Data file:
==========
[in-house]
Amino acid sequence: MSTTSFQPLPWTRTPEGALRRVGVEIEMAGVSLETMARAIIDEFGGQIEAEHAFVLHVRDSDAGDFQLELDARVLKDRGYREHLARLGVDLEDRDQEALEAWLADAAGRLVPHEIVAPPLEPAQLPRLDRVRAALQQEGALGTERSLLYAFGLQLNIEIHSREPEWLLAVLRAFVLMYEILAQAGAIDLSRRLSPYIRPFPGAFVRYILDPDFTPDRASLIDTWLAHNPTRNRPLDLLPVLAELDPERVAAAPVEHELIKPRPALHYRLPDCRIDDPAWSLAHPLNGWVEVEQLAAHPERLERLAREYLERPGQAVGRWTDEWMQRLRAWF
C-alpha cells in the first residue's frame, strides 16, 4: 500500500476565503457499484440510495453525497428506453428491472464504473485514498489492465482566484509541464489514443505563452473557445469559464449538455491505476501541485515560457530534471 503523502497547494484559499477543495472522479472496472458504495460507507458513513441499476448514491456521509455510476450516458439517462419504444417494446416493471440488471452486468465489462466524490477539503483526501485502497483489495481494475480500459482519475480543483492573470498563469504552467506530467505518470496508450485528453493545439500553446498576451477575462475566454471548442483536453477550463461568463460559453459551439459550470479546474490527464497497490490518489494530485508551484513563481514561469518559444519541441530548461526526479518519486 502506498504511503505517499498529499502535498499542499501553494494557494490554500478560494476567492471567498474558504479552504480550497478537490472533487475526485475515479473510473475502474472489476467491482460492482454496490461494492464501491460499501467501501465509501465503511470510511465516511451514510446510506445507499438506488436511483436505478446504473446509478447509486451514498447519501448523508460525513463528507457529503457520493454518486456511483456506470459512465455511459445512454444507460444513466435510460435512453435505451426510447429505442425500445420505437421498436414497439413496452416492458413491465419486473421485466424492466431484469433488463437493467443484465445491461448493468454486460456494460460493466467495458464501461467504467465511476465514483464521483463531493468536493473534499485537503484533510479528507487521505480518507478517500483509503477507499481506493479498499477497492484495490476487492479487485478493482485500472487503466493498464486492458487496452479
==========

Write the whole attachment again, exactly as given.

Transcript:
[in-house]
Amino acid sequence: MSTTSFQPLPWTRTPEGALRRVGVEIEMAGVSLETMARAIIDEFGGQIEAEHAFVLHVRDSDAGDFQLELDARVLKDRGYREHLARLGVDLEDRDQEALEAWLADAAGRLVPHEIVAPPLEPAQLPRLDRVRAALQQEGALGTERSLLYAFGLQLNIEIHSREPEWLLAVLRAFVLMYEILAQAGAIDLSRRLSPYIRPFPGAFVRYILDPDFTPDRASLIDTWLAHNPTRNRPLDLLPVLAELDPERVAAAPVEHELIKPRPALHYRLPDCRIDDPAWSLAHPLNGWVEVEQLAAHPERLERLAREYLERPGQAVGRWTDEWMQRLRAWF
C-alpha cells in the first residue's frame, strides 16, 4: 500500500476565503457499484440510495453525497428506453428491472464504473485514498489492465482566484509541464489514443505563452473557445469559464449538455491505476501541485515560457530534471 503523502497547494484559499477543495472522479472496472458504495460507507458513513441499476448514491456521509455510476450516458439517462419504444417494446416493471440488471452486468465489462466524490477539503483526501485502497483489495481494475480500459482519475480543483492573470498563469504552467506530467505518470496508450485528453493545439500553446498576451477575462475566454471548442483536453477550463461568463460559453459551439459550470479546474490527464497497490490518489494530485508551484513563481514561469518559444519541441530548461526526479518519486 502506498504511503505517499498529499502535498499542499501553494494557494490554500478560494476567492471567498474558504479552504480550497478537490472533487475526485475515479473510473475502474472489476467491482460492482454496490461494492464501491460499501467501501465509501465503511470510511465516511451514510446510506445507499438506488436511483436505478446504473446509478447509486451514498447519501448523508460525513463528507457529503457520493454518486456511483456506470459512465455511459445512454444507460444513466435510460435512453435505451426510447429505442425500445420505437421498436414497439413496452416492458413491465419486473421485466424492466431484469433488463437493467443484465445491461448493468454486460456494460460493466467495458464501461467504467465511476465514483464521483463531493468536493473534499485537503484533510479528507487521505480518507478517500483509503477507499481506493479498499477497492484495490476487492479487485478493482485500472487503466493498464486492458487496452479